Dubai: Getting screened for breast and cervical cancer became a lot easier for people in the UAE today.
The annual Pink Caravan Ride, which offers free screenings and medical examinations to UAE residents, started today and will go on till March 6, to cover seven emirates in seven days.
Shaikh Abdullah Bin Salim Bin Sultan Al Qasimi, the Deputy Ruler of Sharjah, inaugurated the Ride at the Sharjah Equestrian and Racing Club. 450 horse riders, 700 volunteers and 570 medical experts have been part of the ride across the seven emirates advocating the importance of breast cancer awareness, timely detection, prevention and treatment.
In the past seven years, the ride has covered a distance of 1,640km and successfully detected around 47 breast cancer cases. It has also provided free medical screenings to 48,874 people including 32,093 expat residents and 16,781 Emiratis. Of these, 9,643 were men.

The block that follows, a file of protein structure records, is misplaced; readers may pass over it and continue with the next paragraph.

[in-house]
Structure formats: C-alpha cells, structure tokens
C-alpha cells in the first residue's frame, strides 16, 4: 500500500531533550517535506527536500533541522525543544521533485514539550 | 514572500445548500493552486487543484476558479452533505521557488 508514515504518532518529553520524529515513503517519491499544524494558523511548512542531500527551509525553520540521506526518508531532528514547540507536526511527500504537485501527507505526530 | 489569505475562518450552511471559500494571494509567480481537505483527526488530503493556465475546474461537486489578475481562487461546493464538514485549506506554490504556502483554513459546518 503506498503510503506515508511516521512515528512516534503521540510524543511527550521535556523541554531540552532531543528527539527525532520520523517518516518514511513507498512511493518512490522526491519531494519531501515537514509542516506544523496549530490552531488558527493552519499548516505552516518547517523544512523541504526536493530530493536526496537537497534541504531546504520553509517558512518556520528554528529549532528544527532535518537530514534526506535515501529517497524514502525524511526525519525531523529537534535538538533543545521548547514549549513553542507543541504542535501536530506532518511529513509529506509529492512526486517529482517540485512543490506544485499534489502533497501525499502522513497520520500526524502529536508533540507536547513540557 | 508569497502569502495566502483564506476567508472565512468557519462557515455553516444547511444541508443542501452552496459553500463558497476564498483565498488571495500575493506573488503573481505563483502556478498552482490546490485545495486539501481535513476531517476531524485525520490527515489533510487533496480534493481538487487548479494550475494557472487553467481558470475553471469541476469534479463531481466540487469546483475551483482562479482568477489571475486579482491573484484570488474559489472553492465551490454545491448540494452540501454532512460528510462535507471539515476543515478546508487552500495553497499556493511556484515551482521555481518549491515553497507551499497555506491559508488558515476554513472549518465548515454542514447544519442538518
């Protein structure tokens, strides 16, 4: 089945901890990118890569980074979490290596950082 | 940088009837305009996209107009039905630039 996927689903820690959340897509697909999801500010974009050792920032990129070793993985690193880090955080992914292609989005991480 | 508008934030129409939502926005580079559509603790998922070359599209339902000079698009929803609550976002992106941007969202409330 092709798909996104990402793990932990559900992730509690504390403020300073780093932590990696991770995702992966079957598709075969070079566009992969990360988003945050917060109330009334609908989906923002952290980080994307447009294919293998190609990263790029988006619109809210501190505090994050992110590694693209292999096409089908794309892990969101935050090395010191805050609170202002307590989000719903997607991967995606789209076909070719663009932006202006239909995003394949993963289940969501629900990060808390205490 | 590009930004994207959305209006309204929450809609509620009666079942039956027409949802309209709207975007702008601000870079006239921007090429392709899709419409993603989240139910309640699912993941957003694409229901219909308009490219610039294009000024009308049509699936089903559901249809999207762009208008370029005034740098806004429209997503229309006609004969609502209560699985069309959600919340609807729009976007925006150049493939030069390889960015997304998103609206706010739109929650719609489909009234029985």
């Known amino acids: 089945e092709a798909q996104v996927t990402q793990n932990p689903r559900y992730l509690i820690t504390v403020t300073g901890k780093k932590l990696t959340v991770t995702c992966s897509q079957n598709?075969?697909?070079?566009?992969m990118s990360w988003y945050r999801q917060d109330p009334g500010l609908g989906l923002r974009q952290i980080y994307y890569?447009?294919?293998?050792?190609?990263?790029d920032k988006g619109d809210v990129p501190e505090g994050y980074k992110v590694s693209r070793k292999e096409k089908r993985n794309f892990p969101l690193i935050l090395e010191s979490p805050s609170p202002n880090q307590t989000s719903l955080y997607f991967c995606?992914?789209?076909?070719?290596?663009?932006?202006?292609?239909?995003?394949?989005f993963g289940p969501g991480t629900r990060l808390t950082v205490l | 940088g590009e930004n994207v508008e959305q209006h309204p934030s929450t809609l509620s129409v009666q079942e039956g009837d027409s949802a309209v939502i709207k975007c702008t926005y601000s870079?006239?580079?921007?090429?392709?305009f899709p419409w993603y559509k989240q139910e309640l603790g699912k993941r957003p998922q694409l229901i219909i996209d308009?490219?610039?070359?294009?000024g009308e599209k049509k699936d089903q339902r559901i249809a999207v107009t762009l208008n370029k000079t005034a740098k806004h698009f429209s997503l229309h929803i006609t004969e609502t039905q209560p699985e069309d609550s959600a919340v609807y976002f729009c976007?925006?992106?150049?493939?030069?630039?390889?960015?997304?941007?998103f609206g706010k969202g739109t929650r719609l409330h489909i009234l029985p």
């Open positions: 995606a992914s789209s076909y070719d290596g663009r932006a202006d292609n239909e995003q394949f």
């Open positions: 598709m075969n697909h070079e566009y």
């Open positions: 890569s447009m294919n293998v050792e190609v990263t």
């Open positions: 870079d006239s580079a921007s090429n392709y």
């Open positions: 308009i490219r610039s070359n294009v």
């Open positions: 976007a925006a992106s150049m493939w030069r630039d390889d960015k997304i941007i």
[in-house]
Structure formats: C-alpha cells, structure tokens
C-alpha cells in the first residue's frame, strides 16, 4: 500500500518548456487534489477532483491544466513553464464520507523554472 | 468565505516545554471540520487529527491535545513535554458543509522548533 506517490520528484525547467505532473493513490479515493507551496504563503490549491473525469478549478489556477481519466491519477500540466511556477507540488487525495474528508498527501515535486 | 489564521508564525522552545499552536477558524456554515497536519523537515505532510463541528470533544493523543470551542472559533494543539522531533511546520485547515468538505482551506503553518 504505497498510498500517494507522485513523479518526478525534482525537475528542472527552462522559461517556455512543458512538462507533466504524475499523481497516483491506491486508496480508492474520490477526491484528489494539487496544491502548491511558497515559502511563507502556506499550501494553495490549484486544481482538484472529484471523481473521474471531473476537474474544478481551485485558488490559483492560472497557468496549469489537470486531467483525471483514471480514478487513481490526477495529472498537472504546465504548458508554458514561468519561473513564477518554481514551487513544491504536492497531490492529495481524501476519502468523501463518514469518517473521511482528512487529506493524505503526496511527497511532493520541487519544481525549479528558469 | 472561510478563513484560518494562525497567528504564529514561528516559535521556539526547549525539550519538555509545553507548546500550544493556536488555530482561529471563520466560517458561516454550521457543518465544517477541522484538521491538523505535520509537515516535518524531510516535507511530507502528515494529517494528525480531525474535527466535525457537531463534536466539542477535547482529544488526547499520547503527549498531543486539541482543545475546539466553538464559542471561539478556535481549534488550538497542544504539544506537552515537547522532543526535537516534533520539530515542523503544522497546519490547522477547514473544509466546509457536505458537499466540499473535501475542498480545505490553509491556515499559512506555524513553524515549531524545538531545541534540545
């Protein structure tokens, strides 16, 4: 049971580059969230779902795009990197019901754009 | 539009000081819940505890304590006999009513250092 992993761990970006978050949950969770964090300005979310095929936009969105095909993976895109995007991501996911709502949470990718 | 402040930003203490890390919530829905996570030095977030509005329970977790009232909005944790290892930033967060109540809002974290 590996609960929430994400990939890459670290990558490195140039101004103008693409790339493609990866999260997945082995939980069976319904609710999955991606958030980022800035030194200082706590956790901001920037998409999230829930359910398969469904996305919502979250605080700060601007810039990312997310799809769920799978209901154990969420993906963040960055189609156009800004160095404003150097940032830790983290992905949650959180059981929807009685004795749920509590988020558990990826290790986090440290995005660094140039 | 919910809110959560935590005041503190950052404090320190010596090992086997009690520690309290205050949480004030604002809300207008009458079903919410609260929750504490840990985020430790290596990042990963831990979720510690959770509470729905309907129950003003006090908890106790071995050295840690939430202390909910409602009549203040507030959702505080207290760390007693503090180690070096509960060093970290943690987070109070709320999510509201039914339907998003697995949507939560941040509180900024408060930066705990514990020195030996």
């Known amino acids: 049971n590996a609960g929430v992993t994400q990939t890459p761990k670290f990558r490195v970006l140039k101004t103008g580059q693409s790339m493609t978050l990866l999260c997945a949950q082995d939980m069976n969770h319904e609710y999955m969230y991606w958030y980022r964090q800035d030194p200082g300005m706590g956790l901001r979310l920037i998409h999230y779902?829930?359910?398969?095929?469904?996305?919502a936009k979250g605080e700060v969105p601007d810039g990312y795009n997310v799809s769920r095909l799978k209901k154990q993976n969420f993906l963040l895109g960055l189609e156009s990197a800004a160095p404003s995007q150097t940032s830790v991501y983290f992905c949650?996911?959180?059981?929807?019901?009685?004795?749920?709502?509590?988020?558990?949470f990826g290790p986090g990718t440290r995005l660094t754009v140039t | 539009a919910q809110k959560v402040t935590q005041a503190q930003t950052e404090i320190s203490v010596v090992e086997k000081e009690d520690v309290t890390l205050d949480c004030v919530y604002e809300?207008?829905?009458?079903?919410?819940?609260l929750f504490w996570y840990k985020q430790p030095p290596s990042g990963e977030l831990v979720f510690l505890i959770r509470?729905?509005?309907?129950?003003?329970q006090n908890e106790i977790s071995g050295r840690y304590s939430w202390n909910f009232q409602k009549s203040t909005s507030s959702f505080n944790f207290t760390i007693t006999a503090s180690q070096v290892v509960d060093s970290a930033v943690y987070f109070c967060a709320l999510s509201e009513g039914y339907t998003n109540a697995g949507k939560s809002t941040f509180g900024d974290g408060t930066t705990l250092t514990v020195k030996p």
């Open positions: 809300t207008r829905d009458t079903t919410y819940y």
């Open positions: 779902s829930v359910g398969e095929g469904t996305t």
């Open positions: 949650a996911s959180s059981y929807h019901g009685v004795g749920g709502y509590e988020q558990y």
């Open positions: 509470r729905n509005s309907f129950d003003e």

Reem Bin Karam, Chairperson of the Pink Caravan Ride Higher Steering Committee, stressed on the importance of early detection. Speaking to Gulf News, she said: “Pink Caravan has launched its first mobile clinic, the clinic will be available 365 days a year. At the same time we have also provided permanent clinics for everyone. The whole idea behind the Pink Caravan is preventative and early detection. If breast cancer is detected early - the survival rate is 98 per cent. So, there is just a 2 per cent chance of failure. However, if it is detected late we sadly lose the patient.”
She also clarified on the misconception that breast cancer only affects women.
“We would love to have more men come to the clinics....”
She added that in every Emirate there was one clinic dedicated for men with male nursing staff.
Badr Al Jaaidi, project manager of the Pink Caravan Ride said their social media channels would constantly update residents on where they could find the Pink Caravan.
“We will have four clinics in each Emirate, with one clinic offering services to men. So, please join us.”
The entire screening process for breast cancer takes approximately 22 minutes, according to Reem, but can end up saving your life.